Irish data cops are shoving a probe right into Google's ads

Doubleclick complaint alleges Chocolate Factory's data handling breaches GDPR


Updated Ireland's Data Protection Commission has launched a formal investigation into adtech giant Google over alleged breaches of the EU's General Data Protection Regulation (GDPR), potentially costing the company £1.12bn.

"A statutory inquiry pursuant to section 110 of the Data Protection Act 2018 has been commenced in respect of Google Ireland Limited's processing of personal data in the context of its online Ad Exchange" said the commission in a statement.

The investigation was triggered by a complaint from Dr Johnny Ryan, chief policy officer at Brave Software, makers of the privacy-focused browser.* It centres on Google Doubleclick, which Ryan said is running on 8.4 million websites around the world – and, he alleged, leaks personal data subject to the GDPR every single day.

Doubtless the Irish investigation will be welcomed by supporters of the EU regulations as a pleasant 1st birthday present for the new bloc-wide law. GDPR allows for fines based on turnover, rather than profit, to be imposed, and in this case could lead to Google being stung for a maximum of £1.12bn (€1.28bn), based on its full-year results of €32bn last year.

Ryan told The Register: "I think the fact that the Irish Data Protection Commission has now acted puts the position of the UK Information Commissioner in focus. I and my co-complainants, Michael Veale of University College London, and Jim Killock of Open Rights Group, are eager to hear from the ICO about its investigation into real-time bidding."

The ICO had not responded to The Register's request for comment on the Irish investigation at the time of writing, bearing in mind identical UK complaints are its job to consider.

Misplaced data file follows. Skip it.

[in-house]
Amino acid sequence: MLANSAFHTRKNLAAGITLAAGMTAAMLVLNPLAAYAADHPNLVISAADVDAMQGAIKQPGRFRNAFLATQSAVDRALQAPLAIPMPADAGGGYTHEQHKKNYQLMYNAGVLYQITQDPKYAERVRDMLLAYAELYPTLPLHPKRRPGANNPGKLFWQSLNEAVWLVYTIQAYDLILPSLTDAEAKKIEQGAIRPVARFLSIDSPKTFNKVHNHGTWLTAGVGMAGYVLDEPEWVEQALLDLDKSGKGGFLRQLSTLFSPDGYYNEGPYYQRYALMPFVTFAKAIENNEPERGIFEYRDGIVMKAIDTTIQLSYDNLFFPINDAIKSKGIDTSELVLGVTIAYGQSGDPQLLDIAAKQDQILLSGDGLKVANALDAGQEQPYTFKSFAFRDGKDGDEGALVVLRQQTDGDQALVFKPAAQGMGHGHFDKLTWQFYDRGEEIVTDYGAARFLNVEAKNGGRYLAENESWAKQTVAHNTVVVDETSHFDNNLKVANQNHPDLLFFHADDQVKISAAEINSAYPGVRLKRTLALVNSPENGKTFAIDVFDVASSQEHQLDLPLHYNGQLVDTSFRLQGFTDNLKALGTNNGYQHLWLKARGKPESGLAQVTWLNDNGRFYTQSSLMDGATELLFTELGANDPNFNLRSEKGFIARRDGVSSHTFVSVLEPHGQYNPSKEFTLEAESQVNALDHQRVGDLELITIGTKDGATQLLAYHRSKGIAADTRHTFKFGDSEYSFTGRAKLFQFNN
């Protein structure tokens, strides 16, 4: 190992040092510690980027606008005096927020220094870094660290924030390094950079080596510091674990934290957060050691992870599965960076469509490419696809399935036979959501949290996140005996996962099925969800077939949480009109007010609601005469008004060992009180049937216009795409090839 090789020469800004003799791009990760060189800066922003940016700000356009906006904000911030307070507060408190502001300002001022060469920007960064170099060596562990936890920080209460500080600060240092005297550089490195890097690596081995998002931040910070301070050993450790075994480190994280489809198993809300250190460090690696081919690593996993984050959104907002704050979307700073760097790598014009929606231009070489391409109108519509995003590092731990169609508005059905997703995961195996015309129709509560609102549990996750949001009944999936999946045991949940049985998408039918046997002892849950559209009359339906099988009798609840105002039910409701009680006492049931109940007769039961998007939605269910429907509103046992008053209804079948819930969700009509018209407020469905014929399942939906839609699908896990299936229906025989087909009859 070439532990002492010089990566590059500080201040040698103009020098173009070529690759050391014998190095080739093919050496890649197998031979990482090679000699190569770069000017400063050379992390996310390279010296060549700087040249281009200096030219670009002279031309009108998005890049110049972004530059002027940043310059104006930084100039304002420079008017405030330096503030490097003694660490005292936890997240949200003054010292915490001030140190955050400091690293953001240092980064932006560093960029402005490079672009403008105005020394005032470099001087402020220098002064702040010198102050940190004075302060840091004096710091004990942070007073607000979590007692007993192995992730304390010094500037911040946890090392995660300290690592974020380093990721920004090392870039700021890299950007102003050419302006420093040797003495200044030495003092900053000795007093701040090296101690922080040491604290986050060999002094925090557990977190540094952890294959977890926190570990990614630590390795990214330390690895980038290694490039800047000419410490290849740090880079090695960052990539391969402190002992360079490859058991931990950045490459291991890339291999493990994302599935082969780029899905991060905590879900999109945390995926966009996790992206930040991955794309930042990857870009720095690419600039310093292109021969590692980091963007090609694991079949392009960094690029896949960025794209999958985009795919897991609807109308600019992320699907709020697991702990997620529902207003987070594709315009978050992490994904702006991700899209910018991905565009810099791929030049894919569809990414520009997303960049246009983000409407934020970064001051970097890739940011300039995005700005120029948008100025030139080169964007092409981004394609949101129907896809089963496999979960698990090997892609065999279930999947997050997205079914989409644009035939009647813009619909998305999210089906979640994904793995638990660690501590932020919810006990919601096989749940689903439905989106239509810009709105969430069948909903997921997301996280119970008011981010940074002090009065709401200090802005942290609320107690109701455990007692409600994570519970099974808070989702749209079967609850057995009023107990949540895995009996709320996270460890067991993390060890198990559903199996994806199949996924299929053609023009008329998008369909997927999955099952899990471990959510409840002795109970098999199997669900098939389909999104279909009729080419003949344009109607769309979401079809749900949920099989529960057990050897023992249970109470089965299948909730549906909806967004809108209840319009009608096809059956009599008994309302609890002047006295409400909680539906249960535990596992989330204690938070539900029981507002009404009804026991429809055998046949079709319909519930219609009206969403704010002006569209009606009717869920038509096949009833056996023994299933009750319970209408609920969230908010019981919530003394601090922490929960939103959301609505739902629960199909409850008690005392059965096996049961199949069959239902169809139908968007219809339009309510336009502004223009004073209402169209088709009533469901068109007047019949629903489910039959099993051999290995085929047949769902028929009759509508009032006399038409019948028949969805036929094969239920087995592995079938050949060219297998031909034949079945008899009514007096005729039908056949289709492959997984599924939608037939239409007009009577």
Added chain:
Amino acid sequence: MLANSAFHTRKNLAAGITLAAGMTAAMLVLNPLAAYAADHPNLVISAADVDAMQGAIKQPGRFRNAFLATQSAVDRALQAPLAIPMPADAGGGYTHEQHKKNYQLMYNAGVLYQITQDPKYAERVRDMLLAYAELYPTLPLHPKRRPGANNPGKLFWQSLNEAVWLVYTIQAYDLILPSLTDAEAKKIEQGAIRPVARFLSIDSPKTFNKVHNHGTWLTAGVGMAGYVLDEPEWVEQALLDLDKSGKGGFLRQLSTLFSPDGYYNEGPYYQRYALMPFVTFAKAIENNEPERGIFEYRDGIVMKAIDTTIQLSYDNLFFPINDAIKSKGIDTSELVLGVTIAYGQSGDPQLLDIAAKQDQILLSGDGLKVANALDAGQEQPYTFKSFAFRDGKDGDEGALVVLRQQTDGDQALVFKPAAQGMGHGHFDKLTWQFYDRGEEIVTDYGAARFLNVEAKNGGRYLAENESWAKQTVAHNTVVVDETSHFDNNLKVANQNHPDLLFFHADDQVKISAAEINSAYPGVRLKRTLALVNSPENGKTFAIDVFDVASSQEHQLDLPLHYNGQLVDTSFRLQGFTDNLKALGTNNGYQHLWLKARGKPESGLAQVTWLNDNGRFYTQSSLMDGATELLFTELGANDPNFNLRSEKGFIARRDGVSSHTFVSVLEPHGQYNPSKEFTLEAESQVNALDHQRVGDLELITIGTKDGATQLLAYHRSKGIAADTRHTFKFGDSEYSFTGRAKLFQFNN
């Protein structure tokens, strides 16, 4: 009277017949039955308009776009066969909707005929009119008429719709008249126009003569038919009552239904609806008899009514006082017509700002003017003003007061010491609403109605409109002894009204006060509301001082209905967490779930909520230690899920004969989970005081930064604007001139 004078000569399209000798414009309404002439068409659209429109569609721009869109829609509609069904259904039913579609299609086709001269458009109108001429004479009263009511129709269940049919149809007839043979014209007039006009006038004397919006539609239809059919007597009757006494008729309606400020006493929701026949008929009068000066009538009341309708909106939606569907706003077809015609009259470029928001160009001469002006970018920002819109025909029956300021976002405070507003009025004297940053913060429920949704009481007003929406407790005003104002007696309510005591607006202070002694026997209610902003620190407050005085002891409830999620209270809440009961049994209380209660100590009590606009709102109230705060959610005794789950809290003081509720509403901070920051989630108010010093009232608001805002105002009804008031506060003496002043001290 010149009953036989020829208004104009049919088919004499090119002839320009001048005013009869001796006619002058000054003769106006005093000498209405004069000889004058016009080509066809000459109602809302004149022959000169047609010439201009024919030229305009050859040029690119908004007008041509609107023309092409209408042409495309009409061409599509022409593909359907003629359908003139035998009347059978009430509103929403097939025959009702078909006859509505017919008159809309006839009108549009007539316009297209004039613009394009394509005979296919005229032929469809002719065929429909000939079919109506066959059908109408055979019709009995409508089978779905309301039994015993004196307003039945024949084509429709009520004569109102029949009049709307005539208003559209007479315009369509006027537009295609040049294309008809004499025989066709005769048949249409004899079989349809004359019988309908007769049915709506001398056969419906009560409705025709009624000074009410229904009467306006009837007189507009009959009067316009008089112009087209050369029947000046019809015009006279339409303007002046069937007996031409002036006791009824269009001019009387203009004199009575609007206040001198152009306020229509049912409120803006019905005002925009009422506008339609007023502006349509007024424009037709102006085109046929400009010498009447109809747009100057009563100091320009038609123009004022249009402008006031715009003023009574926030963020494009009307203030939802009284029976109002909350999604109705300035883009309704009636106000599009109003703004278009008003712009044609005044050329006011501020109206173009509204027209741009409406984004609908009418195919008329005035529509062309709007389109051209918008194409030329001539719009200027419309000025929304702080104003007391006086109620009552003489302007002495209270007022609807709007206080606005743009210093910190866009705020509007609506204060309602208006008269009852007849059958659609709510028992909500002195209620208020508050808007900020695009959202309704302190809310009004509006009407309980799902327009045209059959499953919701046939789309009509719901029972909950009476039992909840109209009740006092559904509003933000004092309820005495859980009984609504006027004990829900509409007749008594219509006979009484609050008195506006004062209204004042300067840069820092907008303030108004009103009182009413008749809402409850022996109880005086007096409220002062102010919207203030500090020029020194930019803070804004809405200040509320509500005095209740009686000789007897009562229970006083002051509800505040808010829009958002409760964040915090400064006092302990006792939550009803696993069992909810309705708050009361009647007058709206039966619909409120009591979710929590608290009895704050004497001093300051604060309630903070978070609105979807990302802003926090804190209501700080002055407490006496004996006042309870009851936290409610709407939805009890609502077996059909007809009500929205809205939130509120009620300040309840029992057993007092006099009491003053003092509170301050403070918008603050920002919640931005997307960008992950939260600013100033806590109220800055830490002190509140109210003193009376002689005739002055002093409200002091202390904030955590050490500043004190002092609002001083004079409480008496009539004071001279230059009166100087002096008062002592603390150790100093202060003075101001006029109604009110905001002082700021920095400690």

Ryan's complaint alleges that personal data leaks from Doubleclick, Google's advert booking and display product, by design through its "bid request" system when it decides which ad to display on a page running the software.

The data being broadcast, Ryan said, includes what URL you're browsing at the time; unique device identifiers, including user-agent strings; screen size and ratio; language settings; and what mobile network you're on. It also checks out your unique Google ID; cookies, a long-running obsession of the EU's; your interests, inferred from what you're browsing; and your location, including latitude, longitude and postcode.

Google has yet to reply to The Register's request for comment.

Ryan has put a selection of his evidence online here. He also testified to the US Senate about online advertising yesterday, and that can be watched on Google-owned website YouTube here. Don't forget to clear your history before clicking. ®

Bootnote

* There is some irony in Brave being built on Chromium, the browser engine built and maintained by – who else? – Google. Ryan told us that Brave had "certainly not" seen any pushback from Googlers involved in the Chromium project.

Updated to add

An ICO spokesperson told The Register: "The data protection implications of adtech are of interest to the ICO. We are currently concentrating on the ecosystem of programmatic advertising and real-time bidding (RTB). This aligns with our Technology Strategy, where both online tracking and artificial intelligence are highlighted as priority areas.